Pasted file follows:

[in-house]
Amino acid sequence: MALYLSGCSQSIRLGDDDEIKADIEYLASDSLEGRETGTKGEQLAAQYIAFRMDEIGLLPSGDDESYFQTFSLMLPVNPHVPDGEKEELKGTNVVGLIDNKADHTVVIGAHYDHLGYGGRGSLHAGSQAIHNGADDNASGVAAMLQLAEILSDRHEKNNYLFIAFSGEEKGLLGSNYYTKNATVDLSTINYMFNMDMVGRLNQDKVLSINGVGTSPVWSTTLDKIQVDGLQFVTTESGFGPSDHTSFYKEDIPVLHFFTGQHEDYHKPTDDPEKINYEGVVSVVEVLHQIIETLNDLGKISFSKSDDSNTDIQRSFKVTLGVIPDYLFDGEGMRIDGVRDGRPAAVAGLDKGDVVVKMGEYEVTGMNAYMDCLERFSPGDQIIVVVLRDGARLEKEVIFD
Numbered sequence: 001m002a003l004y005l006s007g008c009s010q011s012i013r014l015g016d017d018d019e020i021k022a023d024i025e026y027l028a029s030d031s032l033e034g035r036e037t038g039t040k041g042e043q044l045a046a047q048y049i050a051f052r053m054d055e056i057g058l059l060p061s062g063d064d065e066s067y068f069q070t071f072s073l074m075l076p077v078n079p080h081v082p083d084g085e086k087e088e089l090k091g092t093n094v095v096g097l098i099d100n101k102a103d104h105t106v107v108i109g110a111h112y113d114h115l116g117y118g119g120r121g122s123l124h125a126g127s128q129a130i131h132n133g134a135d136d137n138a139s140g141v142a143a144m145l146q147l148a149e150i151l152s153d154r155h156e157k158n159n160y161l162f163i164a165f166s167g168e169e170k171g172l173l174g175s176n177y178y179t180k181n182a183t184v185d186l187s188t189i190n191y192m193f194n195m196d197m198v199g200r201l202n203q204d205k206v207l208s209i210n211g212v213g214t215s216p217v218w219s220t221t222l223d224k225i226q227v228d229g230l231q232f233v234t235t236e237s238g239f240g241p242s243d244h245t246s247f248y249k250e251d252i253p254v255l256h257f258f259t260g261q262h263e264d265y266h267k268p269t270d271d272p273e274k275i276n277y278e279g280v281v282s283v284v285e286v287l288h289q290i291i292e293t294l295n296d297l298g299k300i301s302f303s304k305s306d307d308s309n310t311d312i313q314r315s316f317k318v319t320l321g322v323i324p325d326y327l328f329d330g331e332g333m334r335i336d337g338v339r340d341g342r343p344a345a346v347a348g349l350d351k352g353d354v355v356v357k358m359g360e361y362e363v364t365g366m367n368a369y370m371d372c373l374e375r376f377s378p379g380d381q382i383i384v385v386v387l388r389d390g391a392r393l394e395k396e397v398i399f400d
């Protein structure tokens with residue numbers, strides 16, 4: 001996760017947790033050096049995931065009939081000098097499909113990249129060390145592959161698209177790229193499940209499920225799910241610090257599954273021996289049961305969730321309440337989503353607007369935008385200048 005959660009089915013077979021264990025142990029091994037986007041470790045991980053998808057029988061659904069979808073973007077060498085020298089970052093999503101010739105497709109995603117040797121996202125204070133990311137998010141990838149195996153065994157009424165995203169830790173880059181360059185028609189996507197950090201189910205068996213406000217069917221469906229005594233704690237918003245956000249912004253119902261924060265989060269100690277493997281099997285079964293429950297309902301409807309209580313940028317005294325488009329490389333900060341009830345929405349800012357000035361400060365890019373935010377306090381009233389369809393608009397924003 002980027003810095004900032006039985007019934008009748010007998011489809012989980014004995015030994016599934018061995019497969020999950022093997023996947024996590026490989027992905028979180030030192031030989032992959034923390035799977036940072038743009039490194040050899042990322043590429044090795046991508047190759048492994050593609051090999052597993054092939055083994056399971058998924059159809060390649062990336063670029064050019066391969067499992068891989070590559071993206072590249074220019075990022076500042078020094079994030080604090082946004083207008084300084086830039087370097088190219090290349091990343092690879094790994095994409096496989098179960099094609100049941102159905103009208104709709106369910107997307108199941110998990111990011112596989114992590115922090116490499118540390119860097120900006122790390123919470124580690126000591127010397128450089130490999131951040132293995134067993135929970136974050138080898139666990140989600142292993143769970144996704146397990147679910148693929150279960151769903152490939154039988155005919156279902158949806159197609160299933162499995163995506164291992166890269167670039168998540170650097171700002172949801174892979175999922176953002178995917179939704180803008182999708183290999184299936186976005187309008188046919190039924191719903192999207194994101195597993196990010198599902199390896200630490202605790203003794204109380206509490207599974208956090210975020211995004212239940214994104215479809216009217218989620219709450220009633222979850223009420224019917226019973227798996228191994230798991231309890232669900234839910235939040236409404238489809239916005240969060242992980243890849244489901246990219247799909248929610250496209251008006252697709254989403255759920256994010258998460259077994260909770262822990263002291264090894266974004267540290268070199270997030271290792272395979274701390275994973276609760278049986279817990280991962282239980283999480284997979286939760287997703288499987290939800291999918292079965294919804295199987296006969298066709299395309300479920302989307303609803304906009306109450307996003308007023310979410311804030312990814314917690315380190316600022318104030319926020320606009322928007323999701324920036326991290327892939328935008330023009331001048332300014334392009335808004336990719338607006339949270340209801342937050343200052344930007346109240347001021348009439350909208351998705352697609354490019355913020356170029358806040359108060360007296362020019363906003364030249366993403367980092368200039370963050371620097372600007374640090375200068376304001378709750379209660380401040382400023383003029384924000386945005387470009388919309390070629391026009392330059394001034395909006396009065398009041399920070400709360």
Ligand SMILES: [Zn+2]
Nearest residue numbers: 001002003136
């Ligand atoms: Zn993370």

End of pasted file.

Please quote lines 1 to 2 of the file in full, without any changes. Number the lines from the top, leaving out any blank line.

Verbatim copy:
[in-house]
Amino acid sequence: MALYLSGCSQSIRLGDDDEIKADIEYLASDSLEGRETGTKGEQLAAQYIAFRMDEIGLLPSGDDESYFQTFSLMLPVNPHVPDGEKEELKGTNVVGLIDNKADHTVVIGAHYDHLGYGGRGSLHAGSQAIHNGADDNASGVAAMLQLAEILSDRHEKNNYLFIAFSGEEKGLLGSNYYTKNATVDLSTINYMFNMDMVGRLNQDKVLSINGVGTSPVWSTTLDKIQVDGLQFVTTESGFGPSDHTSFYKEDIPVLHFFTGQHEDYHKPTDDPEKINYEGVVSVVEVLHQIIETLNDLGKISFSKSDDSNTDIQRSFKVTLGVIPDYLFDGEGMRIDGVRDGRPAAVAGLDKGDVVVKMGEYEVTGMNAYMDCLERFSPGDQIIVVVLRDGARLEKEVIFD